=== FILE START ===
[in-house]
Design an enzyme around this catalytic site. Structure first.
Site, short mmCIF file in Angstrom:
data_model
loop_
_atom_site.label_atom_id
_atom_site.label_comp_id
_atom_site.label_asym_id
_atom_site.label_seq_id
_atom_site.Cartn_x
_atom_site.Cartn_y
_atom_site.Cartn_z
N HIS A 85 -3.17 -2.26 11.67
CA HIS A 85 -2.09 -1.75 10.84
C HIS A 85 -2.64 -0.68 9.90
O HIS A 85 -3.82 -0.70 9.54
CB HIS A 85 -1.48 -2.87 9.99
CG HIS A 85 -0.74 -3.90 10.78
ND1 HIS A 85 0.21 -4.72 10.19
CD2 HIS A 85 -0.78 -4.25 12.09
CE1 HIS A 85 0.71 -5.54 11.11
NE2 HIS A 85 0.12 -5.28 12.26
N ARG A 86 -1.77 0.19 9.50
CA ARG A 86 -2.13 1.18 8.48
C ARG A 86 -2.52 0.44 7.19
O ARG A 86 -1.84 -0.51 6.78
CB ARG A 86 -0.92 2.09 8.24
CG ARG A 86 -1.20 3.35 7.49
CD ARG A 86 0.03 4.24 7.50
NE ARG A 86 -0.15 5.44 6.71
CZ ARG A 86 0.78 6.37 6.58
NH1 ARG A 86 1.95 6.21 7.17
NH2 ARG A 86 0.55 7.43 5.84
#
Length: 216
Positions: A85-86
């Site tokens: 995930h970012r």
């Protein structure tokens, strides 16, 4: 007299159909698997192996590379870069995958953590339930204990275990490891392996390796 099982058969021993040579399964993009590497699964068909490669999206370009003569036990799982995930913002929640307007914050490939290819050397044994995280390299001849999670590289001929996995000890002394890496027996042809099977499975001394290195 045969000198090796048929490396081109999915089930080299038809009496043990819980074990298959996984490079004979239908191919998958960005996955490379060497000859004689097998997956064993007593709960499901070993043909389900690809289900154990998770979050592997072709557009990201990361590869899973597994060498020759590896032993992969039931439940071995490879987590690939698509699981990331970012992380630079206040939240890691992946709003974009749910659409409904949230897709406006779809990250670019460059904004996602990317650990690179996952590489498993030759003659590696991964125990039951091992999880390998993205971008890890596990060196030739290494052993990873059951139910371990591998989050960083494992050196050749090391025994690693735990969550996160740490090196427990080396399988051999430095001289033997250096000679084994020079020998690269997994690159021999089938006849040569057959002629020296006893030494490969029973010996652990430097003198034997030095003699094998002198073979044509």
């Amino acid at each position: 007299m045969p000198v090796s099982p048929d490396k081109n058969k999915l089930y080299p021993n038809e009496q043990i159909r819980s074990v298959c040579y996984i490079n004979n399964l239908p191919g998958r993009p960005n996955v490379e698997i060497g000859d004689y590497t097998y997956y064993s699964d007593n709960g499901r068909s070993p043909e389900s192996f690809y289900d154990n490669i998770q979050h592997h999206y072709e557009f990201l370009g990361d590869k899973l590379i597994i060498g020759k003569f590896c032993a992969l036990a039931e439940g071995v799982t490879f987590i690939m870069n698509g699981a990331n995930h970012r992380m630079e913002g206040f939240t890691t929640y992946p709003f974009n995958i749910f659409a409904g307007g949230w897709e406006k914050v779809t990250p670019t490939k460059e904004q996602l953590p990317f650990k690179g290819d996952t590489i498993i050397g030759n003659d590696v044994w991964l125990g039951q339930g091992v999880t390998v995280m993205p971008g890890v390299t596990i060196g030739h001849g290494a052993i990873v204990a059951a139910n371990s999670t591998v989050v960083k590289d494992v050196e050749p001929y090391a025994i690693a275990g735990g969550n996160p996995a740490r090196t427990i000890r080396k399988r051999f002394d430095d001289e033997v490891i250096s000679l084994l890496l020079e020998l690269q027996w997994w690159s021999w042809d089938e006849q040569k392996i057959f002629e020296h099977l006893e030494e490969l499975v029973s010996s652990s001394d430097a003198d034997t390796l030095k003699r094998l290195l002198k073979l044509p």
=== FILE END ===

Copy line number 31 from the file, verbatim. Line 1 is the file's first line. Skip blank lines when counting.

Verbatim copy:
CZ ARG A 86 0.78 6.37 6.58